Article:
Magnetic North and True North

A magnetic compass, including the compasses on most smart phones, does not point to the North Pole, or even to the North Magnetic Pole. Instead, it points away from True North by an angle known as the Magnetic Declination, which varies considerably, depending on where you are on the earths surface. It also varies slowly over time, as you can see in the animation on the Wikipedia page. On paper maps, this may be further complicated by a third direction known as Grid North, which refers to the direction northwards along the grid lines of the map.

We mentioned in this post a time animation for Google Earth, visualizing the Earth’s magnetic fields changing over time. You can check it out, but we had difficulty getting it to work well as an animation in the current version of Google Earth, although viewing an individual year is not a problem.

To find out what the magnetic declination in your location is, the US National Oceanic and Atmospheric Administration (NOAA), provides a handy tool on their website. There is also this useful site that lets you pick your loction on a map and tells you the magnetic declination. The ruler tool in Google Earth shows ‘heading’, so once you know your magnetic declination it is pretty easy to work out which way your compass will point in Google Earth.

Magnetic declination for Cape Town
Magnetic declination for Cape Town.

From what we can tell, the mobile versions of both Google Maps and Google Earth automatically correct for magnetic declination and always show True North, although we couldn’t find any documentation to that effect.

About Timothy Whitehead

Timothy has been using Google Earth since 2004 when it was still called Keyhole before it was renamed Google Earth in 2005 and has been a huge fan ever since. He is a programmer working for Red Wing Aerobatx and lives in Cape Town, South Africa.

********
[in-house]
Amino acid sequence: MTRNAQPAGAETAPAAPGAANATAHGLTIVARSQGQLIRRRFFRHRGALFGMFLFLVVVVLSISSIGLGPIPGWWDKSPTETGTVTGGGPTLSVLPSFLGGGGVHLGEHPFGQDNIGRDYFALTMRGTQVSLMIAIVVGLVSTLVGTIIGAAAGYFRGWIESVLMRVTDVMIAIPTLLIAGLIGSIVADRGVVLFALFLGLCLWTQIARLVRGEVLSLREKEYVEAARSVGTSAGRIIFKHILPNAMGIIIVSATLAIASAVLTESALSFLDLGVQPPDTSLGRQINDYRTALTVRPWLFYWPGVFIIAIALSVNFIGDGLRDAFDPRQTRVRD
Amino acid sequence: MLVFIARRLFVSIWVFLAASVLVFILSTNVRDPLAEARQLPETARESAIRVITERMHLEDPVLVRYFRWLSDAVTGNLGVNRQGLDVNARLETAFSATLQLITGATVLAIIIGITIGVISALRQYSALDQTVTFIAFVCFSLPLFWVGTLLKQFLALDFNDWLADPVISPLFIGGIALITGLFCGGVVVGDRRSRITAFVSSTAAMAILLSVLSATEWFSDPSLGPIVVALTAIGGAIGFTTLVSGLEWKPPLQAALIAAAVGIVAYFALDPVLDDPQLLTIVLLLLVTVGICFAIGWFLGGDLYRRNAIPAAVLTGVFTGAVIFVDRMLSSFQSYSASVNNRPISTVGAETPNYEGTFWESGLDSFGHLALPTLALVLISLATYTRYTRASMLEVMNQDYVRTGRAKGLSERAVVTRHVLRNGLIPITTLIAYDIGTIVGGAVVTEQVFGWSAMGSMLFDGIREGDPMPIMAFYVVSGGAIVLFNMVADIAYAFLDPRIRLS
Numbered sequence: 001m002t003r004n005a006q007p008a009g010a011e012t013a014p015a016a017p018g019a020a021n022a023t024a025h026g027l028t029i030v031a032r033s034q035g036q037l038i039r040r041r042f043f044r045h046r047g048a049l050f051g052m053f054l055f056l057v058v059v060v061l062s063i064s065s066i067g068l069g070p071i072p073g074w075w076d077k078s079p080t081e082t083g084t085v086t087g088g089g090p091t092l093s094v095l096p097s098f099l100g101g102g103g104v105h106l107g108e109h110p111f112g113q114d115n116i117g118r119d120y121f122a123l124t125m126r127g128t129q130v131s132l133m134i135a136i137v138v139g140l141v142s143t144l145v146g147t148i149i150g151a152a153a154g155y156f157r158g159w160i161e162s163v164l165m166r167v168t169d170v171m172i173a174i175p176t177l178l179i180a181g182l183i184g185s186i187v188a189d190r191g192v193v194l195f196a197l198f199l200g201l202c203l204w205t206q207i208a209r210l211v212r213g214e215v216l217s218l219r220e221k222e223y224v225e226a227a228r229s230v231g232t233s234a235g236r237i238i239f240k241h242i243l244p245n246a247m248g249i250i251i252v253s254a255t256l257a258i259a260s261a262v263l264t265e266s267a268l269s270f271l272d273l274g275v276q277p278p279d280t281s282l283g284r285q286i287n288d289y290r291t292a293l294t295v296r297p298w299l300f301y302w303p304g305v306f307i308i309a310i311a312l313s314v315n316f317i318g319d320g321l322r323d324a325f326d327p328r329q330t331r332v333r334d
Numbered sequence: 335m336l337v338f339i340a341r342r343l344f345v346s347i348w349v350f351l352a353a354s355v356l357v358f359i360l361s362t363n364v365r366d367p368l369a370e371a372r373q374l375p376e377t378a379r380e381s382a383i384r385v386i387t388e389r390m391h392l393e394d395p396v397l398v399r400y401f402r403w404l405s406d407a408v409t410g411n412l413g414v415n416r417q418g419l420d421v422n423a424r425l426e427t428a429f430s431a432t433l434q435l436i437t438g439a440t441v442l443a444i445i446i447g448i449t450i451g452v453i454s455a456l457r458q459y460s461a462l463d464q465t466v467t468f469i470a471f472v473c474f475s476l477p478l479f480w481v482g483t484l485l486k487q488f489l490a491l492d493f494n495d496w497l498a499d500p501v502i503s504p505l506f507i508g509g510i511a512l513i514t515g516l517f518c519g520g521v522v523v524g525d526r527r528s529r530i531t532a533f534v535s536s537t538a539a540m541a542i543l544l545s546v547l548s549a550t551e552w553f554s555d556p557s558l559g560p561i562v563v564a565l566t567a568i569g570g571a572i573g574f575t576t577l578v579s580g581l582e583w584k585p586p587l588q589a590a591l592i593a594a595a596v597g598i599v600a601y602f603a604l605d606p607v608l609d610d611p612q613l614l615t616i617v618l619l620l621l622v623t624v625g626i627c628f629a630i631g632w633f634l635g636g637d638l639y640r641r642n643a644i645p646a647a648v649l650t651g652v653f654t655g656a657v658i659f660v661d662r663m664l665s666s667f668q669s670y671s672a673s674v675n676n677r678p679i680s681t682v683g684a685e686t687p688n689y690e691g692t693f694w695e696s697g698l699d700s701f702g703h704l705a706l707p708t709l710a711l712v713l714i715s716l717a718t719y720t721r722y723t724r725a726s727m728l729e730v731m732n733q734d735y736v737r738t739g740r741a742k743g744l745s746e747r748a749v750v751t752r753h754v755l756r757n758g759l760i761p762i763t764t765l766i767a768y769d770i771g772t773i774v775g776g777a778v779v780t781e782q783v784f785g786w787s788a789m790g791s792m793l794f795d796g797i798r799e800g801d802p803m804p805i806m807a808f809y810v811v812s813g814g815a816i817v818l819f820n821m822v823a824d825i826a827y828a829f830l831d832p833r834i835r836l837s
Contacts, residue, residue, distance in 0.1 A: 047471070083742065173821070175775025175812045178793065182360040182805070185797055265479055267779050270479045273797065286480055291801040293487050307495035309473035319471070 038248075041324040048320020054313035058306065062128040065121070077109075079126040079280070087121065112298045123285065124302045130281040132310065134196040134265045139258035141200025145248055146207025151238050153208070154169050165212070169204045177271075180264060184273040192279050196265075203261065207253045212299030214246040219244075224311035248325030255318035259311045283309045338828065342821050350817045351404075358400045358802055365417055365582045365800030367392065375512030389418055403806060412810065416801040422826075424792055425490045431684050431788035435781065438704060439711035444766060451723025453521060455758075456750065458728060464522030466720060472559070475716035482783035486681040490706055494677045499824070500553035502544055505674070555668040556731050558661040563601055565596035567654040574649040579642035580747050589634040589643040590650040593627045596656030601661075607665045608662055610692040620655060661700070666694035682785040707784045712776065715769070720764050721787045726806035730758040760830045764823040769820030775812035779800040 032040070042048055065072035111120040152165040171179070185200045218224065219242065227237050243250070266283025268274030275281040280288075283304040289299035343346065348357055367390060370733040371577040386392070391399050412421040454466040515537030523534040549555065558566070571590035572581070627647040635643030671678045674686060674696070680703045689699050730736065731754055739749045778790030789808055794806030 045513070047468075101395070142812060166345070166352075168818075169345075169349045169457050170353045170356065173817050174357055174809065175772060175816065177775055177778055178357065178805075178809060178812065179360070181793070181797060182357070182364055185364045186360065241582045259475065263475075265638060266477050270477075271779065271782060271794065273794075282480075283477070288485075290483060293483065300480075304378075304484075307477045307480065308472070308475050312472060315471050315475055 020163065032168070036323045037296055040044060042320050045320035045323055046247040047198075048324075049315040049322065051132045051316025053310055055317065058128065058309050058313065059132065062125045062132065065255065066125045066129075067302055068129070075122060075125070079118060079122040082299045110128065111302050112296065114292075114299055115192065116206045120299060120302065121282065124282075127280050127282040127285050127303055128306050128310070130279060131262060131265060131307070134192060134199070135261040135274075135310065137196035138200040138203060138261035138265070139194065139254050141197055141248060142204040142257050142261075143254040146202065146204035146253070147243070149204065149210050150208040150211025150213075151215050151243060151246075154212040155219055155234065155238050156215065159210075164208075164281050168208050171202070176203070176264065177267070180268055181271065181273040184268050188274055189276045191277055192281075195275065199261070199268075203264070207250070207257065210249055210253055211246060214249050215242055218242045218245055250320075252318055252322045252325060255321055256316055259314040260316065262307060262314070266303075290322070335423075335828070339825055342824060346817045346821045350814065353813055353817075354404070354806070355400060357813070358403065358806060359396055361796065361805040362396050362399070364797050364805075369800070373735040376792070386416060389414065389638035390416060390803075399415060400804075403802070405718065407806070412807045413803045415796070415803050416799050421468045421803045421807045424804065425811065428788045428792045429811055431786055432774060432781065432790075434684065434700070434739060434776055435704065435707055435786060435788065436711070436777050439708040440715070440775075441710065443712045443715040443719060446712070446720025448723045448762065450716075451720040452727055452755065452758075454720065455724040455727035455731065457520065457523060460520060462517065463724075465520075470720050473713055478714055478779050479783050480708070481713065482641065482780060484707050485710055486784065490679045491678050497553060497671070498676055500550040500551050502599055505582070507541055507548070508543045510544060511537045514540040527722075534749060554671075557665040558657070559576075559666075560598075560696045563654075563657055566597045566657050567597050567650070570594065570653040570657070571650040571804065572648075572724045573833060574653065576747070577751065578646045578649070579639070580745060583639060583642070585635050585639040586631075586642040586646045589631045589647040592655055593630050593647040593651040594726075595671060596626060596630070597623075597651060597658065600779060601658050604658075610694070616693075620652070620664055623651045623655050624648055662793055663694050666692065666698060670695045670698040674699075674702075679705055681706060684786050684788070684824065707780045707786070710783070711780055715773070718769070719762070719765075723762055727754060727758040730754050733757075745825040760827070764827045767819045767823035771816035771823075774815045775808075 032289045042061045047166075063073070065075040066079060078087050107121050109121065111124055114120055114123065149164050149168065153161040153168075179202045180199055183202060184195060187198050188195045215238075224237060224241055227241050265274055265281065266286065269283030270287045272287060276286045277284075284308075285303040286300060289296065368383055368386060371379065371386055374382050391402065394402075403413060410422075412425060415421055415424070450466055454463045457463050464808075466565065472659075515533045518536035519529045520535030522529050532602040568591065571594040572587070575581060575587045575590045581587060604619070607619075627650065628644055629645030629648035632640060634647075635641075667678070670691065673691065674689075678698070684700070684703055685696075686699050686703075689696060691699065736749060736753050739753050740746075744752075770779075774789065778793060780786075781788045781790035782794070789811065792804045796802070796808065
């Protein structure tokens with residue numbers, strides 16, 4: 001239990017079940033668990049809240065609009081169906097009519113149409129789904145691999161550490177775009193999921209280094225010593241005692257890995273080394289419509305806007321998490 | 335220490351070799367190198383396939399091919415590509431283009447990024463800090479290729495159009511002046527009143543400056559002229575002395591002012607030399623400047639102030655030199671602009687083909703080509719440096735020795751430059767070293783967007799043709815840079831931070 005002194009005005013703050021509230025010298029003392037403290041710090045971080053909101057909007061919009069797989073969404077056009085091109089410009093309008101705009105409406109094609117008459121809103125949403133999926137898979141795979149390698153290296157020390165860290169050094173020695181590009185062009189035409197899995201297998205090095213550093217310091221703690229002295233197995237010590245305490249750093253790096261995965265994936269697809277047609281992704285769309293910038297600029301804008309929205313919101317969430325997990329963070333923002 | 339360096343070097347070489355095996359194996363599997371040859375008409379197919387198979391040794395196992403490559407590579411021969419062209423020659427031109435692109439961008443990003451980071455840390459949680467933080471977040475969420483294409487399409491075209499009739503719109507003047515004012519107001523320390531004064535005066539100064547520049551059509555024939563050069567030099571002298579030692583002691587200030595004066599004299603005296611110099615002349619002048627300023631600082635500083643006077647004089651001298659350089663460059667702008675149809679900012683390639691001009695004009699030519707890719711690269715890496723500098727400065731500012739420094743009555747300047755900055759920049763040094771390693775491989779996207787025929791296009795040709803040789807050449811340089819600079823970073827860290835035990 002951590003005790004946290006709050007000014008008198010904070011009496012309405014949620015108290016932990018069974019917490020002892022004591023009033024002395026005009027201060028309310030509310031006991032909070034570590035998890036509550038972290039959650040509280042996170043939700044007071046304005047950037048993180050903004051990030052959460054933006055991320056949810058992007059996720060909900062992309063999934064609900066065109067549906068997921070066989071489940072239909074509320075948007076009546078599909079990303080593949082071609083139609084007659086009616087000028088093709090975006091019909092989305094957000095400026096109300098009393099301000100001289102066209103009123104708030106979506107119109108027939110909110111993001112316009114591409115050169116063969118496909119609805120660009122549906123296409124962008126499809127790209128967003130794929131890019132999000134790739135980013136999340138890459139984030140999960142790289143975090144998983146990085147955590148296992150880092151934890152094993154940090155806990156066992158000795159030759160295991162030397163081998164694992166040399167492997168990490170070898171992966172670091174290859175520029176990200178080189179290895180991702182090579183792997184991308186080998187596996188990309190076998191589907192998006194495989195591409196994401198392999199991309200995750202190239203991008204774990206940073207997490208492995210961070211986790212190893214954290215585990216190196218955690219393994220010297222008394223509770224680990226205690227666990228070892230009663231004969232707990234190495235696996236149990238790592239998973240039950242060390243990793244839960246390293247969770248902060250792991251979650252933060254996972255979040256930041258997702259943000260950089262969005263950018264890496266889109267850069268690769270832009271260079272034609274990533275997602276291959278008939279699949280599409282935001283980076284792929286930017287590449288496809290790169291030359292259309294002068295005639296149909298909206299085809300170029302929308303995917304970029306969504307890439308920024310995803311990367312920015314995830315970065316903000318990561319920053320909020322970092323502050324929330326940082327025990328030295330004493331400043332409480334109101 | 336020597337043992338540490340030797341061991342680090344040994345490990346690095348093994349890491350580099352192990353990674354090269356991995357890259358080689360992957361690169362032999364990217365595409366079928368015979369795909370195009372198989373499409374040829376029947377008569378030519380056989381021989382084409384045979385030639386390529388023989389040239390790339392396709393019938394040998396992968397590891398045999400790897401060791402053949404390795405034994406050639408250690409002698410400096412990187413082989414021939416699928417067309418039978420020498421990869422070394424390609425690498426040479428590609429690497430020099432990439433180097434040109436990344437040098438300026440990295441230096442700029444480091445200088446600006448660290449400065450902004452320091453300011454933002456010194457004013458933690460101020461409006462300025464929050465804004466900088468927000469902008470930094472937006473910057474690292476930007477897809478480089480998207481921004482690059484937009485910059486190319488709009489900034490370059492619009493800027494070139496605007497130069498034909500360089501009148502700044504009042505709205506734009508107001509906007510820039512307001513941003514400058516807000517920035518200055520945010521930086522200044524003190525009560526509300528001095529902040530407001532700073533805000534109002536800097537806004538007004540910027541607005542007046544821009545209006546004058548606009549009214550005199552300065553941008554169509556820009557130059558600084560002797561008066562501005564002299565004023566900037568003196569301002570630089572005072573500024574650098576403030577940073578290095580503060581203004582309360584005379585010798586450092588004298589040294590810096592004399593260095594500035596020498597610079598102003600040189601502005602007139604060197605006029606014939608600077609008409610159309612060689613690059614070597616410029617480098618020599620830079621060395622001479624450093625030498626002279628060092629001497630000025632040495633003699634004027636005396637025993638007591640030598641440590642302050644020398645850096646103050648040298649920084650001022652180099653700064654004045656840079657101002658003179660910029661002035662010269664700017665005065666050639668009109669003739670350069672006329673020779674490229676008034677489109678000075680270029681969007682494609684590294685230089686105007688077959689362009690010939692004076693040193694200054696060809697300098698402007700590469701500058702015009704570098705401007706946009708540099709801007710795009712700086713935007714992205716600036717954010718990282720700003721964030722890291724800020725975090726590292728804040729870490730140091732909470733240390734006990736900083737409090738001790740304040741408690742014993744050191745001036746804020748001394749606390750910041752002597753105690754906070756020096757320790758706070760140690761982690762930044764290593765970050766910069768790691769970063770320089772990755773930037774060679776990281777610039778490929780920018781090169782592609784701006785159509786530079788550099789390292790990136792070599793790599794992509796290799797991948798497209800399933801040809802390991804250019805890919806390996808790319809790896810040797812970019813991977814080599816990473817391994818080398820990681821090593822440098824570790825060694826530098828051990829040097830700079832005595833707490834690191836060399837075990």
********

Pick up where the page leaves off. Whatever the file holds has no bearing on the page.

PLEASE NOTE: Google Earth Blog is no longer writing regular posts. As a result, we are not accepting new comments or questions about Google Earth. If you have a question, use the official Google Earth and Maps Forums or the Google Earth Community Forums.

Comments

  1. http://Youlanda says

    Google earth is so cool! I am from the Bahamas and is often askedquestions about the islands google earth makes it so easy to explain to my questioners & kids!!!

  2. Actually the first line is partly false. On Android devices the operating system uses your GPS location and current time to calculate the magnetic declination at your current location based on the World Magnetic Model (WMM2015). This is probably the same model used by the sites in the article. So a good android compass app is more accurate than a traditional compass.
    This is why the author believes that “the mobile versions of both Google Maps and Google Earth automatically correct for magnetic declination and always show True North, although we couldn’t find any documentation to that effect.” Any application built to use the android sensor libraries will show True North. Pretty Sweet.

    http://developer.android.com/reference/android/hardware/GeomagneticField.html

    • http://Timothy%20Whitehead says

      Thanks for the information. I had tested a compass on an iPhone and found it showed magnetic North, and Google Maps/Google Earth on an Android device and found they showed True North. I didn’t realize that it was an OS feature rather than a Google Maps/Earth feature.

      • Same is true for iOS systems. The built in iOS compass app actually allows the user to choose between true north and magnetic north. It also allows you to calibrate it to remove error caused by proximity to other magnets like in your car. Even ear buds have magnets in them. So don’t geocache while slappin a sick ditty!

  3. http://Carlos%20'Kiko'%20Campos says

    Hello, Timothy,
    Here i am asking for some help again…
    (I’m not sure if HERE is the proper place to post this question – i’m still not ‘used enough’ to GEARTHBLOG – please, let me know if i should have posted it in some other way, ok?)

    Question:

    I use to navigate using a mouse – “click & drag” way – and using the zoom with the scroll button.
    This often causes the orientation (compass) to change by itself – and i’d like it to stay pointing north ALL the time – unless I DECIDE to change it.

    Is there some setting i can use to ‘force’ Google Earth to keep on pointing north all the time, while i am navigating it? (E.G. , the way it happens in Google maps)

    Thanks again for your time and patience!

    Carlos
    from Brazil

  4. http://RobinM says

    Hello all
    I am looking for a mapping app to feed into a bespoke app, but I need it to always be set to Magnetic North. Anyone know of one ?



PLEASE NOTE: Google Earth Blog is no longer writing regular posts. As a result, we are not accepting new comments or questions about Google Earth. If you have a question, use the official Google Earth and Maps Forums or the Google Earth Community Forums.